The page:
In response, Congress enacted TRIA in 2002, which requires insurers to offer commercial terrorism policies and provides federal aid as a safeguard to cover losses on the scale of September 11. The move was seen as a step to give insurance companies time to assess their exposure to terrorism losses, and to consider how to price and underwrite terrorism insurance policies.


Post-TRIA trials

Comparing the continuing threat of terrorist attacks to the insurance coverage provided under TRIA, researchers conclude more needs to be done to extend financial safeguards against terrorist attacks. Since TRIA expires at the end of 2005, the current terrorism insurance system will be dissolved unless Congress extends or revises provisions of law.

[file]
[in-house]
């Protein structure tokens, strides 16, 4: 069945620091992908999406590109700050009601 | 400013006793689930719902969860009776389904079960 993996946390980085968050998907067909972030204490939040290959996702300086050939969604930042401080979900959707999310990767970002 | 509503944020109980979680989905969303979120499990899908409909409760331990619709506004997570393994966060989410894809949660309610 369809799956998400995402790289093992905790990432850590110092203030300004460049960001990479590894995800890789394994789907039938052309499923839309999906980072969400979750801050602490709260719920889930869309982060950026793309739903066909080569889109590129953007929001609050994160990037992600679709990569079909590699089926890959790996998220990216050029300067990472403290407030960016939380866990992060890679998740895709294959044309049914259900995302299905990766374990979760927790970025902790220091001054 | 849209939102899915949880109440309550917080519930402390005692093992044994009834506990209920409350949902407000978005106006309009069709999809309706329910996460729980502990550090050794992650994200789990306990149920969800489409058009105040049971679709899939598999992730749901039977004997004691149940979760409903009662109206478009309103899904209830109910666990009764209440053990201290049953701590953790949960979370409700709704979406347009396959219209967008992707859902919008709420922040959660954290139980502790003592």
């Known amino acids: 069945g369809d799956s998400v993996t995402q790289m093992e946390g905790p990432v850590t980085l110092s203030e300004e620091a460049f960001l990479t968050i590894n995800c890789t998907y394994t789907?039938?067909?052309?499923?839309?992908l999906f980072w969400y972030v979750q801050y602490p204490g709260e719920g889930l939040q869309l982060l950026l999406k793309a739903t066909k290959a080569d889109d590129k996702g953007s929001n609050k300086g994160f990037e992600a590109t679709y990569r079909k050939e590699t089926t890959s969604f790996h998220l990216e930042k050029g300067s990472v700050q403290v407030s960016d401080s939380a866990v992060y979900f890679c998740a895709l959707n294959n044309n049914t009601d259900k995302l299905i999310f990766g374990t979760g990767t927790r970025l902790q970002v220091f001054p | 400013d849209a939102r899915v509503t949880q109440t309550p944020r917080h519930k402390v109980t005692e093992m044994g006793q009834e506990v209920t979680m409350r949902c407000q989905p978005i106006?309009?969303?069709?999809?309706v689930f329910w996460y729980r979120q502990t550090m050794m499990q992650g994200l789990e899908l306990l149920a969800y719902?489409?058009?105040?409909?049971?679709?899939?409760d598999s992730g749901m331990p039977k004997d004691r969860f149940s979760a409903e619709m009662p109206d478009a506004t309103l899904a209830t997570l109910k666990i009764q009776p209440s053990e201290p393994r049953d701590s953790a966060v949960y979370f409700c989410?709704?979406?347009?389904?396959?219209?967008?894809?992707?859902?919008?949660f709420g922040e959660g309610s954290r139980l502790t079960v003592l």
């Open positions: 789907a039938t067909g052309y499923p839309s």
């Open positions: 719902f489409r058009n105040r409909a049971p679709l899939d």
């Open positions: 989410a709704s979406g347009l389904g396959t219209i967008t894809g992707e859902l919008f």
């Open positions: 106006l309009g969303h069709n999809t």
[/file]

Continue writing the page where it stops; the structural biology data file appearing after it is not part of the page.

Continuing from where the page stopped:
The RAND study notes that a number of trends in terrorism have increased the risk to the private sector since September 11. These include an increased focus on "soft" business and commercial targets, both as a result of heightened security at government and military facilities and due to the degradation of al-Qaeda's operational capacity to execute long-range strategic strikes.

In addition, the report points out that al-Qaeda has shown increased interest in launching attacks designed to cause mass disruption and economic harm, magnifying the importance of private-sector targets.

One scenario with the potential for devastating uninsured losses highlighted in the report was an attack with a so-called "dirty-bomb" - an explosive device that disperses radioactive material.

Rather prophetically, the RAND report warned that the US still faces a potent threat from al-Qaeda, despite significant efforts made since the 2001 terrorist attacks to disrupt and weaken the group.

Copyright © 2005 Timothy Benn Publishing Limited